The war over, Loewenthal set up as a dermatologist in Johannesburg. He was given a few sessions at the skin department of Johannesburg General Hospital where, as he was apt to say, the ‘specialized equipment consisted of a piece of cotton wool and a bent pin’. His first appearance caused some astonishment: it was in 1945 and some colourless character was mumbling away about lupus erythematosus when suddenly this well-spoken, loud-voiced man swaggered in, slender, nattily dressed, bald, with an olive complexion and grey-blue eyes, a blue cloth suit and a gold cigarette case. He took over the discussion, digressing freely on HW Barber’s views on the sulphonamides in lupus erythematosus at a time when no Johannesburg dermatologist ever quoted articles or overseas experts. Forthwith, he began to drag dermatology in Johannesburg out of the shadows. In the outpatient department, in the wards, and at his house in Bergvlei, topics of current interest would come under discussion. The result was a significant heightening of general awareness; few of his enthusiasms were lasting but his latest ideas were most stimulating at the time. Awareness and current relevance — these were Loewenthal's great offerings. Falsehood, both popular and professional, he detested. If somebody claimed that acne was cured by marriage, he wanted to know if a civil or religious ceremony was better. ‘Education’, he once said, ‘is impracticable if the charlatan is allowed to advertize’. During his Johannesburg period he made two substantial contributions: an account of itching purpura, and his treatment of eczemas resembling dermatitis herpetiformis with sulphones. Long drawn out struggles were not in his line though he was engaged on two battlefronts, concerning the respective places of skin radiotherapy and skin histopathology in dermatological practice. It was the old story of a claim over a method v ability to use it judiciously - a source of much fruitless argumentation.
Loewenthal was a prolific writer: the Index Medicus lists over one hundred of his papers, a mere fraction of what he wrote. Noteworthy among his medical publications are The Eczemas (1954), three chapters in Mitchell-Hegg’s Modern Practice in Dermatology (1950), a WHO monograph on Differential diagnosis of yaws (1960) with CJ Hackett, and a massive chapter on ethnology and dermatology in Jadassohn's Handbuch: Ergänzungsband 8, ed. HA Gottron (1967).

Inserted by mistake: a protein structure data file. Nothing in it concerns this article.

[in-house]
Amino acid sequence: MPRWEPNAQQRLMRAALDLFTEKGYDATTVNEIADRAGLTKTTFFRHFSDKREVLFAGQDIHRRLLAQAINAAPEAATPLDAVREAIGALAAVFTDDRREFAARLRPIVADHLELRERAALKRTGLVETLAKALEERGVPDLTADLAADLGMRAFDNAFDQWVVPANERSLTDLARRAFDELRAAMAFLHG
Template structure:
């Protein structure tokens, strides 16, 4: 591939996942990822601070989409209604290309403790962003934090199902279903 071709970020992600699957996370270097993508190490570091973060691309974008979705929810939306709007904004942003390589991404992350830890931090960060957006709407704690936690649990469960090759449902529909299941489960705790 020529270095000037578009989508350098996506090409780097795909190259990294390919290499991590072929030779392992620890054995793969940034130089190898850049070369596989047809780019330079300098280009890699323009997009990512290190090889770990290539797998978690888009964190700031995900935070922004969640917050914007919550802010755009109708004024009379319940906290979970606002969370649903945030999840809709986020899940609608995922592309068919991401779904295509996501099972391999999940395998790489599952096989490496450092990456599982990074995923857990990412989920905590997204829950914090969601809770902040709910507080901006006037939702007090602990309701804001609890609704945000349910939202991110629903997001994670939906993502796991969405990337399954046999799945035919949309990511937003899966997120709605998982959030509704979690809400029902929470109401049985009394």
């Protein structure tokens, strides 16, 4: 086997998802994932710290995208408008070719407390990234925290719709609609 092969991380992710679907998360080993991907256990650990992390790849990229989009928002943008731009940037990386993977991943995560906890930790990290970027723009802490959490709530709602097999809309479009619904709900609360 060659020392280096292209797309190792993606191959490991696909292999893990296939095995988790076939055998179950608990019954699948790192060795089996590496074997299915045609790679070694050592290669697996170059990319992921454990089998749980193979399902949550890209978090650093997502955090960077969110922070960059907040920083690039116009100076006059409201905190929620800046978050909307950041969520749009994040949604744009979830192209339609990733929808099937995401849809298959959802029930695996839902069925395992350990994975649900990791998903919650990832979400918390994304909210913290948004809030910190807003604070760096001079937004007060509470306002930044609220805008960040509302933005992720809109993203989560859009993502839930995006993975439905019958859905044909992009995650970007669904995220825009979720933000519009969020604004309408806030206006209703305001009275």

Loewenthal was often humorously disrespectful; under cover of great mirth he could deliver some sharp truths. He was also capable of being unnecessarily harsh for the sake of a laugh. Not surprising, therefore, that his humour did not appeal to everybody. At a meeting where he had almost been pushed off the programme by other speakers exceeding their time, the chairman said: ‘Now Dr Loewenthal will give you his address’. Alphonse stood up, said, ‘1 Smits Road, Dunkeld’, and sat down again. Once, when meeting his cousin Harry at a medical meeting, Alphonse asked him: ‘Want to hear a good lecture, Harry?’ ‘Well, it depends who’s giving it’. ‘I am, of course’. ‘In that case I don’t think I’ll come’. Leaping back in mock horror Alphonse exclaimed ‘Who would think that the blood of the Loewenthal's courses through his variocele’. Again, when chairing a discussion on the tuberculides, a Jewish dermatologist asked Alphonse: ‘Why do we hear nothing these days about the rosacea-like tuberculide of Lewandowsky?’ ‘Pure anti-semitism,’ he replied.
In the 1960s, during his last decade in Johannesburg, he was invited to study the skin rashes of miners in relation to acclimatization. This was perhaps the only piece of sponsored skin research he ever did. A number of studies appeared on the subject of sweat gland function and eczema, and he came up with some interesting answers.
His association with Spain began while he was still at school; during a summer vacation he tramped across the country with a friend and learned the language. It seems that he urgently needed to get away from both his father’s anger and the Liverpool police: he had crashed his father’s car (borrowed without permission) into a municipal bus. He survived in Spain by taking odd jobs, the most appealing being in a circus where he held the flaming hoop for a wild boar to jump through. He continued building his relationship with the country during each period of leave, and in 1970 he resigned from all his dermatological appointments and retired to Spain to write books. He dropped his titles, stopped practising medicine, and took up residence at San Pedro de Ribas (Barcelona) where he became known as a writer - Alfonso Lowe, correrspondent of the Royal Academy of Cordoba. A remarkable series of smoothly written and fastidiously prepared volumes on Spain and Italy marked the last decade of his life. These include The Catalan Vengeance (1972); The Barrier and the Bridge, an historical guidebook; Companion Guide to Southern Spain (1973), probably the best guidebook to date on this region of Spain; La Serenissima: The Last Flowering of the Venetian Republic (1974), and his last published book The Culture and History of the Spanish (1975).
Loewenthal’s first wife, Kathleen Richardson, died in the 1940s and he married Stella Regina, daughter of William Herzfeld, in 1950. There were two sons and a daughter of the first marriage. In Spain, in the middle of 1981, Stella was killed in a motor accident and Alphonse was badly shaken and rapidly declined to become a near total invalid. He remained witty and uncomplaining, in spite of growing and embarrassing disability. Faltering as he was, he ensured that his companionship remained agreeable. He returned to Africa for the last months of his life and died in Cape Town. Towards the end, his son Richard asked him if he would have preferred another life or career. ‘Never. I loved it all’, was Alphonse’s reply.
Sir Gordon Wolstenholme
[SA med. J., 1983, 64, 1064-1067]
(Volume VII, page 342)